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    Publication Date: 2016-02-06
    Description: The intestinal epithelium forms an essential barrier between a host and its microbiota. Protozoa and helminths are members of the gut microbiota of mammals, including humans, yet the many ways that gut epithelial cells orchestrate responses to these eukaryotes remain unclear. Here we show that tuft cells, which are taste-chemosensory epithelial cells, accumulate during parasite colonization and infection. Disruption of chemosensory signaling through the loss of TRMP5 abrogates the expansion of tuft cells, goblet cells, eosinophils, and type 2 innate lymphoid cells during parasite colonization. Tuft cells are the primary source of the parasite-induced cytokine interleukin-25, which indirectly induces tuft cell expansion by promoting interleukin-13 production by innate lymphoid cells. Our results identify intestinal tuft cells as critical sentinels in the gut epithelium that promote type 2 immunity in response to intestinal parasites.〈br /〉〈span class="detail_caption"〉Notes: 〈/span〉Howitt, Michael R -- Lavoie, Sydney -- Michaud, Monia -- Blum, Arthur M -- Tran, Sara V -- Weinstock, Joel V -- Gallini, Carey Ann -- Redding, Kevin -- Margolskee, Robert F -- Osborne, Lisa C -- Artis, David -- Garrett, Wendy S -- F31DK105653/DK/NIDDK NIH HHS/ -- F32DK098826/DK/NIDDK NIH HHS/ -- R01 CA154426/CA/NCI NIH HHS/ -- R01 GM099531/GM/NIGMS NIH HHS/ -- New York, N.Y. -- Science. 2016 Mar 18;351(6279):1329-33. doi: 10.1126/science.aaf1648. Epub 2016 Feb 4.〈br /〉〈span class="detail_caption"〉Author address: 〈/span〉Departments of Immunology and Infectious Diseases and Genetics and Complex Diseases, Harvard T. H. Chan School of Public Health, Boston, MA 02115, USA. ; Division of Gastroenterology, Tufts Medical Center, Boston, MA 02111, USA. ; Monell Chemical Senses Center, Philadelphia, PA 19104, USA. ; Jill Roberts Institute for Research in Inflammatory Bowel Disease, Weill Cornell Medical College, Cornell University, New York, NY 10021, USA. ; Departments of Immunology and Infectious Diseases and Genetics and Complex Diseases, Harvard T. H. Chan School of Public Health, Boston, MA 02115, USA. Broad Institute of Harvard and Massachusetts Institute of Technology, Cambridge, MA 02142, USA. Department of Medical Oncology, Dana-Farber Cancer Institute, Boston, MA 02215, USA. wgarrett@hsph.harvard.edu.〈br /〉〈span class="detail_caption"〉Record origin:〈/span〉 〈a href="http://www.ncbi.nlm.nih.gov/pubmed/26847546" target="_blank"〉PubMed〈/a〉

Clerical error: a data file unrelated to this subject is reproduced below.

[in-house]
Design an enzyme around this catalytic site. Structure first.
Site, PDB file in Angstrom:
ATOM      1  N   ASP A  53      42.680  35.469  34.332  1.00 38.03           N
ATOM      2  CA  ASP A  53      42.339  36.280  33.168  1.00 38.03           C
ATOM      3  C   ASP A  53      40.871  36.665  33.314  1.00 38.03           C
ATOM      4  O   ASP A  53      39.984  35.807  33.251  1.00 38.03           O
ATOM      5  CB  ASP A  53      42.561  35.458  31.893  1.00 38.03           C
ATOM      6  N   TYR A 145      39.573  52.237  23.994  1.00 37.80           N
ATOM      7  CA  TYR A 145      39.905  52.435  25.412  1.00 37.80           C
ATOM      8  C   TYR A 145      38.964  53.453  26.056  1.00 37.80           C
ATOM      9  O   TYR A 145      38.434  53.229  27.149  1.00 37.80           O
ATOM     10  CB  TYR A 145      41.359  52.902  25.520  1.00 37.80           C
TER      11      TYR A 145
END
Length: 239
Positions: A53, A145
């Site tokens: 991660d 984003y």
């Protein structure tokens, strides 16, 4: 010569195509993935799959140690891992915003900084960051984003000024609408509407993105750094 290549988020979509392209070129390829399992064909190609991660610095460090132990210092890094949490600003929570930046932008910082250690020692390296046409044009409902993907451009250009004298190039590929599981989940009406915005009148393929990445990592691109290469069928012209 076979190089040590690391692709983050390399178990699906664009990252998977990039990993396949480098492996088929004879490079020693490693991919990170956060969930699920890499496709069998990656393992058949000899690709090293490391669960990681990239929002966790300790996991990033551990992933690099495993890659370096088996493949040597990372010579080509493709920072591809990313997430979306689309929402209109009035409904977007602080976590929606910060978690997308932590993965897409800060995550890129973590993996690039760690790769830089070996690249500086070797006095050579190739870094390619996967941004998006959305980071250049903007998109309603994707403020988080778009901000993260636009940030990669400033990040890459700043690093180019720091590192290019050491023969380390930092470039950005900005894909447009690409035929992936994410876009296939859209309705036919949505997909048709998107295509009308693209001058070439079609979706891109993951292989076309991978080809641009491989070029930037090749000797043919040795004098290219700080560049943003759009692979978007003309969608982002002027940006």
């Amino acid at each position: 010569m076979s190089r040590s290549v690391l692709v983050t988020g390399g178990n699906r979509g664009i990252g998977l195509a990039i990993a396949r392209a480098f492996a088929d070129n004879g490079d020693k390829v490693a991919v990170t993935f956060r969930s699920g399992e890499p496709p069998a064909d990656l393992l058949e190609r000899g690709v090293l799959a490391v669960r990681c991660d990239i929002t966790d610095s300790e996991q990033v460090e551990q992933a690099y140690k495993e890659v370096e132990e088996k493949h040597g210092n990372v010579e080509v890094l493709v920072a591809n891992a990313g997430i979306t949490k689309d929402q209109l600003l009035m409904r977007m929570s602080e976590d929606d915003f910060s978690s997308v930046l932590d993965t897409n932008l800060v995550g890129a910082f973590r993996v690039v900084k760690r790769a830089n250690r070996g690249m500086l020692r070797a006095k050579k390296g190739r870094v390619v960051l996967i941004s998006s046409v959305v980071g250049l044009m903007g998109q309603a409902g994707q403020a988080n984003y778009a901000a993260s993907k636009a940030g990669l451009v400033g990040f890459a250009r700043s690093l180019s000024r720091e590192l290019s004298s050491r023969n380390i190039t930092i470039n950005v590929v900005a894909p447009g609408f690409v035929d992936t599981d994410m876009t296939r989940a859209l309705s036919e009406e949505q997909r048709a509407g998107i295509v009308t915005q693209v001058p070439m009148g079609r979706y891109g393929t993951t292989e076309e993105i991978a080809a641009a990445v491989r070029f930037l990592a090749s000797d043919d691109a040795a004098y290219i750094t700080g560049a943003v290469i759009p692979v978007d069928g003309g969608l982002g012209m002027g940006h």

Keywords: Animals ; Chemoreceptor Cells/*immunology ; Eosinophils/immunology ; Goblet Cells/immunology ; Helminthiasis/immunology/parasitology ; Helminths/immunology ; Immunity, Mucosal ; Interleukin-13/immunology ; Interleukin-17/immunology ; Intestinal Diseases, Parasitic/*immunology/parasitology ; Intestinal Mucosa/*immunology/*parasitology ; Mice ; Mice, Inbred C57BL ; Mice, Mutant Strains ; Microbiota/*immunology ; Protein-Serine-Threonine Kinases/immunology ; Protozoan Infections/immunology/parasitology ; Signal Transduction ; TRPM Cation Channels/*immunology ; Taste ; Transducin/genetics/immunology ; Tritrichomonas/immunology
    Print ISSN: 0036-8075
    Electronic ISSN: 1095-9203
    Topics: Biology , Chemistry and Pharmacology , Computer Science , Medicine , Natural Sciences in General , Physics
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